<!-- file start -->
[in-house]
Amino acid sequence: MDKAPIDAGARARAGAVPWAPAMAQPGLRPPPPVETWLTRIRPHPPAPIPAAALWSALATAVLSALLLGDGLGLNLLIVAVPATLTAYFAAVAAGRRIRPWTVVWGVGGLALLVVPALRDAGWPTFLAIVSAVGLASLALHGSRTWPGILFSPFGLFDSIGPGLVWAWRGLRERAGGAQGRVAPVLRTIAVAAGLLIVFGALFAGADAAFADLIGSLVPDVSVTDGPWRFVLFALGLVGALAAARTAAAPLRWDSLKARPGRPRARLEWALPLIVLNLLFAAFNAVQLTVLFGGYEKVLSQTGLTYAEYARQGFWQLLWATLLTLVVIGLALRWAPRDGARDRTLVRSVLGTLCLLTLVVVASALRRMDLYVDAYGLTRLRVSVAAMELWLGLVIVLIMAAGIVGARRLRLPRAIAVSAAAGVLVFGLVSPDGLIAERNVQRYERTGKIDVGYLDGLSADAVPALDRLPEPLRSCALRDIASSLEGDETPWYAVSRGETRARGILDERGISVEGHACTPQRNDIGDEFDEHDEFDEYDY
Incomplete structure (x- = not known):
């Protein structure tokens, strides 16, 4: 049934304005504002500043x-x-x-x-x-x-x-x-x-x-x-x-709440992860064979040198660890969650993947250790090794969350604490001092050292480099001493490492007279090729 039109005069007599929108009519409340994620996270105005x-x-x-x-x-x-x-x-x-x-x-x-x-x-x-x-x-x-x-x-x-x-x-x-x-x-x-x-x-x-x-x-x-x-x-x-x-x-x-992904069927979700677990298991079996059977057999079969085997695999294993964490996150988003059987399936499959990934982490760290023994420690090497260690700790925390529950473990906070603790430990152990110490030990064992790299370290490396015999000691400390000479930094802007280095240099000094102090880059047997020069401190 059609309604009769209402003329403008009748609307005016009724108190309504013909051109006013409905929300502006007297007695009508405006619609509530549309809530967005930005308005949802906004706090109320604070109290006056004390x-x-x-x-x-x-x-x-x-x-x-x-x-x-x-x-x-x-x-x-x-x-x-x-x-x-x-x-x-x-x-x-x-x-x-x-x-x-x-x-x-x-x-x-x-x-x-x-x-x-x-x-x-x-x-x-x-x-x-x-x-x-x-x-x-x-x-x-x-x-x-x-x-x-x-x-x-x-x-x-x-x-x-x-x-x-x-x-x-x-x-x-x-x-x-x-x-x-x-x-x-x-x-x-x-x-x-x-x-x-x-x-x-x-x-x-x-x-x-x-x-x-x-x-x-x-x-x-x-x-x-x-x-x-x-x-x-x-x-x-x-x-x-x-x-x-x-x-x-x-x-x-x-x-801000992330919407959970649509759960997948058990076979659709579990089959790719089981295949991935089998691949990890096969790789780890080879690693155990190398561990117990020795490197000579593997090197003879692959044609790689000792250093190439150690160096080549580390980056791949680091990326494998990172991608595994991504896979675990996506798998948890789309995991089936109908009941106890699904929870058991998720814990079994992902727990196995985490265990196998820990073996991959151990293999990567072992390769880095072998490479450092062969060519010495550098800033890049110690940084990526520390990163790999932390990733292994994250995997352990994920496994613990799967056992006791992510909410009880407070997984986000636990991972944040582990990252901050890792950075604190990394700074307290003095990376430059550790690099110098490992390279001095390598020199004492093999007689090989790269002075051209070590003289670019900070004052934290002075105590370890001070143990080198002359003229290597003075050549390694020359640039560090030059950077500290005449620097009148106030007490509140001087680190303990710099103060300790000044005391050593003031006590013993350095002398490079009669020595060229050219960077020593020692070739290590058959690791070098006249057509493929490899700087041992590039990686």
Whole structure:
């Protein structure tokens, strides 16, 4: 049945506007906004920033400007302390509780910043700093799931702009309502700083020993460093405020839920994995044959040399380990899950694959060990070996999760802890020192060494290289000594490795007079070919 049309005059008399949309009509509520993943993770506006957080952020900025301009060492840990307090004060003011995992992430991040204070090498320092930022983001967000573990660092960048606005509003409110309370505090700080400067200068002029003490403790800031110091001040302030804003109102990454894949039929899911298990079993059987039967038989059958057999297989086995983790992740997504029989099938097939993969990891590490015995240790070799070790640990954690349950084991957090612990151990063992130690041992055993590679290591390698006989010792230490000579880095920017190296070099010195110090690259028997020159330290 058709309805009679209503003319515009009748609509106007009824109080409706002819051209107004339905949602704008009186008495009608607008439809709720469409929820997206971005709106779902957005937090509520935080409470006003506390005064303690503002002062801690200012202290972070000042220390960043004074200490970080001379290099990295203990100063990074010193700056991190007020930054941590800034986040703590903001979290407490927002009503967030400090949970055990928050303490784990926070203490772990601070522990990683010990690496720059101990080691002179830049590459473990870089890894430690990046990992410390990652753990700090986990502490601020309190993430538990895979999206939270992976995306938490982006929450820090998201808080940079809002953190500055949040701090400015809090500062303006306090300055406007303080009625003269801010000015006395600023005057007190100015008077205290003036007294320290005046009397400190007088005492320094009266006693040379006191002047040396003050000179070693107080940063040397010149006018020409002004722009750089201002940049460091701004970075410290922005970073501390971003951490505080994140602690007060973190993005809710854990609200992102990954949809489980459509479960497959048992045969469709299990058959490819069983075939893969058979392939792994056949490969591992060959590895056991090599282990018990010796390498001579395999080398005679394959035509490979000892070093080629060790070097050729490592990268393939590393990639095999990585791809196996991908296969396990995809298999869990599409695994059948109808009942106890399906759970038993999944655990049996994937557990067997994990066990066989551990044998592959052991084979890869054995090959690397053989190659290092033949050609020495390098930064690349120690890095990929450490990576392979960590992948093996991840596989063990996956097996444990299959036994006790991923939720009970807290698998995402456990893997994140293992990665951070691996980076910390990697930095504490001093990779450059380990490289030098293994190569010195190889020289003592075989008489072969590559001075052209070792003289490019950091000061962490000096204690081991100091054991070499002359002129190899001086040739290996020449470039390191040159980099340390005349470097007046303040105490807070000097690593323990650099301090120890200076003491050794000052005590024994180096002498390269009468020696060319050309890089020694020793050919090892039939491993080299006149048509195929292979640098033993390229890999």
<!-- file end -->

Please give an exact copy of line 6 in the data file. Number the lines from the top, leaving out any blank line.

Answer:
């Protein structure tokens, strides 16, 4: 049945506007906004920033400007302390509780910043700093799931702009309502700083020993460093405020839920994995044959040399380990899950694959060990070996999760802890020192060494290289000594490795007079070919 049309005059008399949309009509509520993943993770506006957080952020900025301009060492840990307090004060003011995992992430991040204070090498320092930022983001967000573990660092960048606005509003409110309370505090700080400067200068002029003490403790800031110091001040302030804003109102990454894949039929899911298990079993059987039967038989059958057999297989086995983790992740997504029989099938097939993969990891590490015995240790070799070790640990954690349950084991957090612990151990063992130690041992055993590679290591390698006989010792230490000579880095920017190296070099010195110090690259028997020159330290 058709309805009679209503003319515009009748609509106007009824109080409706002819051209107004339905949602704008009186008495009608607008439809709720469409929820997206971005709106779902957005937090509520935080409470006003506390005064303690503002002062801690200012202290972070000042220390960043004074200490970080001379290099990295203990100063990074010193700056991190007020930054941590800034986040703590903001979290407490927002009503967030400090949970055990928050303490784990926070203490772990601070522990990683010990690496720059101990080691002179830049590459473990870089890894430690990046990992410390990652753990700090986990502490601020309190993430538990895979999206939270992976995306938490982006929450820090998201808080940079809002953190500055949040701090400015809090500062303006306090300055406007303080009625003269801010000015006395600023005057007190100015008077205290003036007294320290005046009397400190007088005492320094009266006693040379006191002047040396003050000179070693107080940063040397010149006018020409002004722009750089201002940049460091701004970075410290922005970073501390971003951490505080994140602690007060973190993005809710854990609200992102990954949809489980459509479960497959048992045969469709299990058959490819069983075939893969058979392939792994056949490969591992060959590895056991090599282990018990010796390498001579395999080398005679394959035509490979000892070093080629060790070097050729490592990268393939590393990639095999990585791809196996991908296969396990995809298999869990599409695994059948109808009942106890399906759970038993999944655990049996994937557990067997994990066990066989551990044998592959052991084979890869054995090959690397053989190659290092033949050609020495390098930064690349120690890095990929450490990576392979960590992948093996991840596989063990996956097996444990299959036994006790991923939720009970807290698998995402456990893997994140293992990665951070691996980076910390990697930095504490001093990779450059380990490289030098293994190569010195190889020289003592075989008489072969590559001075052209070792003289490019950091000061962490000096204690081991100091054991070499002359002129190899001086040739290996020449470039390191040159980099340390005349470097007046303040105490807070000097690593323990650099301090120890200076003491050794000052005590024994180096002498390269009468020696060319050309890089020694020793050919090892039939491993080299006149048509195929292979640098033993390229890999």